Wednesday, October 30, 2019

Thoughts on mystics

What Is a Mystic?

Photo by Leon Contreras on UnsplashThe mystics cultivate awareness. They listen for God’s word; they respond with concrete, often heroic, actions when they hear it. A mystic, then, is one who shows the rest of us who we really are, who we can become, if only we would realize the gift of God that is already within us and respond in our concrete daily lives to God’s great gift of love. The mystic shows us how not to let God’s word return to God empty. The mystic uncovers the mystery, a mystery inside each one of us, and models what it looks like and what it accomplishes. In all of this it is important to remember that God takes the initiative—both in the ordinary believer’s life and in the mystic’s life. One cannot force God’s hand or woo God to make one a mystic. But once that initiative is taken, the mystic’s heart is changed, and he or she falls in love with God.
—from the book Mystics: Twelve Who Reveal God's Love by Murry Bodo, OFM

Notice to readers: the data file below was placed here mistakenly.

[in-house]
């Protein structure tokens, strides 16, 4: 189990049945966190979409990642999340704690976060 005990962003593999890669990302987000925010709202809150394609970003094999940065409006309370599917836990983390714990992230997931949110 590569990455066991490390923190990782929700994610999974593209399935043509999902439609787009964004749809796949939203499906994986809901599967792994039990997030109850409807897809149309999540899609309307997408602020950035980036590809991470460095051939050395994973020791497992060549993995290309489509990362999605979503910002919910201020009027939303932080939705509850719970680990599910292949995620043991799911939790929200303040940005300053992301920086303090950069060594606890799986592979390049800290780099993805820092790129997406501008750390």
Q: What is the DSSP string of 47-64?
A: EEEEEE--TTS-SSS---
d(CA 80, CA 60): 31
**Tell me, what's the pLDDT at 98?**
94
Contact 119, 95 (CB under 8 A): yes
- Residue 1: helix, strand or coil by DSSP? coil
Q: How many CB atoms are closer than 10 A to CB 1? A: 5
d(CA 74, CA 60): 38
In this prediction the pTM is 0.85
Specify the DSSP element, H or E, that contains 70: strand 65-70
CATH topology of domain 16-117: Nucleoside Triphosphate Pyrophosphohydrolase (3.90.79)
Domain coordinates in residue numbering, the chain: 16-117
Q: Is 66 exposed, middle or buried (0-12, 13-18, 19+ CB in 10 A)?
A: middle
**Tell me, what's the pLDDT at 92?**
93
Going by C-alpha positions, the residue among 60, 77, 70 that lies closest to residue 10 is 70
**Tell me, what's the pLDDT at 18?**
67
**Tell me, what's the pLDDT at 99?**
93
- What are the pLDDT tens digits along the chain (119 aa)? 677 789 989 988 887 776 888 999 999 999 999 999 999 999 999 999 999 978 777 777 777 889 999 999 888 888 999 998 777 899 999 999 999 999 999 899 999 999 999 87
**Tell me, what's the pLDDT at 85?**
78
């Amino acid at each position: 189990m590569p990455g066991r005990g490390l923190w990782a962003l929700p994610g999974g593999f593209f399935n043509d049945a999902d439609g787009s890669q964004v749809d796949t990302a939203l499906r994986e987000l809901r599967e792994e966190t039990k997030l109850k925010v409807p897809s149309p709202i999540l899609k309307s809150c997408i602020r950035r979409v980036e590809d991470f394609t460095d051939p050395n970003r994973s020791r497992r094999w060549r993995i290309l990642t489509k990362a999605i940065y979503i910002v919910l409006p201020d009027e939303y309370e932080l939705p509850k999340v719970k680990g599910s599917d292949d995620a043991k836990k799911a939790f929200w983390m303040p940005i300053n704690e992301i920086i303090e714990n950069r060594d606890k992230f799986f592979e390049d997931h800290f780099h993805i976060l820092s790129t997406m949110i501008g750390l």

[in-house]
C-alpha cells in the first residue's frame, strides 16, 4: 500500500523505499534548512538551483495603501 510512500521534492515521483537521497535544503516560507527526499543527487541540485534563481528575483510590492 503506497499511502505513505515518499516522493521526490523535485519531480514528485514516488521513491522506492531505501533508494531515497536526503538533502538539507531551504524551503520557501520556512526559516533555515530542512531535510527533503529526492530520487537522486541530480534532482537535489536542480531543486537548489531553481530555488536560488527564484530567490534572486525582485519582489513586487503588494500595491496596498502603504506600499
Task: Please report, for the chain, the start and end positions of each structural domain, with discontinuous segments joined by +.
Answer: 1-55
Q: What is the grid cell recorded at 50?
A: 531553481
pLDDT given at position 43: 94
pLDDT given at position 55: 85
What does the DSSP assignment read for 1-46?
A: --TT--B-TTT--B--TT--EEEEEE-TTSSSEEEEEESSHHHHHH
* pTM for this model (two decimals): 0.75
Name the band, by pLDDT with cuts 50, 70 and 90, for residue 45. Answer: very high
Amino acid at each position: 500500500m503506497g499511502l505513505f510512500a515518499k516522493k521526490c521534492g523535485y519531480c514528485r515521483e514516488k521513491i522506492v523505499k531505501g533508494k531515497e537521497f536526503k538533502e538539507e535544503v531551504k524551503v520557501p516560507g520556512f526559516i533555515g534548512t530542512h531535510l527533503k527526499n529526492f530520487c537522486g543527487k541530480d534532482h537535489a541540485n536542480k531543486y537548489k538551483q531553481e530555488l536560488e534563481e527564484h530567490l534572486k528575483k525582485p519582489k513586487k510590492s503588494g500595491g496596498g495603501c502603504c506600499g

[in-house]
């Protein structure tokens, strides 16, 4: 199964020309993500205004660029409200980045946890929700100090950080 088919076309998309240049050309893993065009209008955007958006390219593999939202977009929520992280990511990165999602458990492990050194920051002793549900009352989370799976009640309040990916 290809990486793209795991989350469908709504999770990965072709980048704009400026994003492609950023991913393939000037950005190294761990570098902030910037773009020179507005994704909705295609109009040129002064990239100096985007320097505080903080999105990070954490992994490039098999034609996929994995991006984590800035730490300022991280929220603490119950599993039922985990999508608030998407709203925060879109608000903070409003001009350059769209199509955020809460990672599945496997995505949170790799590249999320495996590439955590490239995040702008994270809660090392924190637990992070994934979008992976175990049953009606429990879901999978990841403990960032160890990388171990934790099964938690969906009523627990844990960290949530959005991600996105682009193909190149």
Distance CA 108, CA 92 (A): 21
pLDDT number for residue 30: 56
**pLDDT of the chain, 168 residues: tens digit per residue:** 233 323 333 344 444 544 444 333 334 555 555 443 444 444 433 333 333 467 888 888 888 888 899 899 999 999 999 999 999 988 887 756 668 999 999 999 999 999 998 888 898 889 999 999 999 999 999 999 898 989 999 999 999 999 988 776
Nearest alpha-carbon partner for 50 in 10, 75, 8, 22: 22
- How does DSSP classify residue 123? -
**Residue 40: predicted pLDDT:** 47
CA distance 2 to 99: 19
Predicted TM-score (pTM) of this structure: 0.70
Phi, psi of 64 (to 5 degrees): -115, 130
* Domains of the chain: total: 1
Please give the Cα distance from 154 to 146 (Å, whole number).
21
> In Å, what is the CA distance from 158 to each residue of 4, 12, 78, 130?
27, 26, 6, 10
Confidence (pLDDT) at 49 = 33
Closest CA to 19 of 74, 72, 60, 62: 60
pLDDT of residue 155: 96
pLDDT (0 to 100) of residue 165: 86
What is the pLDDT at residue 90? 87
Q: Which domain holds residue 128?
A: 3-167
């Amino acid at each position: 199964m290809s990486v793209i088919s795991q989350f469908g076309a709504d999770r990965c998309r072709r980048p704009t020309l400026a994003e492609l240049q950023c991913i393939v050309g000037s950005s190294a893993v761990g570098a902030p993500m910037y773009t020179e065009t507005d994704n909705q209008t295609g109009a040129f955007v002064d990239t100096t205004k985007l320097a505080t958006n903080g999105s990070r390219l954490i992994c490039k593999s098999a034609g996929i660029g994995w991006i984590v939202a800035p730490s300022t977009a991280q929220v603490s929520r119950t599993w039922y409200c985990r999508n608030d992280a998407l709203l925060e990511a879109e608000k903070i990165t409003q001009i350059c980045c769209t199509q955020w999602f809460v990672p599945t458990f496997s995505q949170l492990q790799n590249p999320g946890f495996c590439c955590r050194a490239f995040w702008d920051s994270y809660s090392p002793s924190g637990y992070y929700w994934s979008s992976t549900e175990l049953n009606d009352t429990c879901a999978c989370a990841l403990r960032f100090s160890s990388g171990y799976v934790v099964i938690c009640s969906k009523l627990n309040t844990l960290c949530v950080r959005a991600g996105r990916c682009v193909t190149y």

Friday, October 25, 2019

Thoughts on forgiving others

A Forgiven Person Forgives
Maybe the reason it seems hard for me to forgive others is that I do not fully believe that I am a forgiven person. If I could fully accept the truth that I am forgiven and do not have to live in guilt or shame, I would really be free. My freedom would allow me to forgive others seventy times seven times. By not forgiving, I chain myself to a desire to get even, thereby losing my freedom. A forgiven person forgives. This is what we proclaim when we pray “and forgive us our trespasses as we forgive those who have trespassed against us.”

This lifelong struggle lies at the heart of the Christian life.
 
Henri Nouwen
 
 

Saturday, October 19, 2019

Saturday, October 12, 2019

Thoughts on gratitude

Deciding to be Grateful
Gratitude is the most fruitful way of deepening your consciousness that you are not an “accident,” but a divine choice. It is important to realize how often we have had chances to be grateful and have not used them. When someone is kind to us, when an event turns out well, when a problem is solved, a relationship restored, a wound healed, there are very concrete reasons to offer thanks: be it with words, with flowers, with a letter, a card, a phone call, or just a gesture of affection. . . . Every time we decide to be grateful it will be easier to see new things to be grateful for. Gratitude begets gratitude, just as love begets love.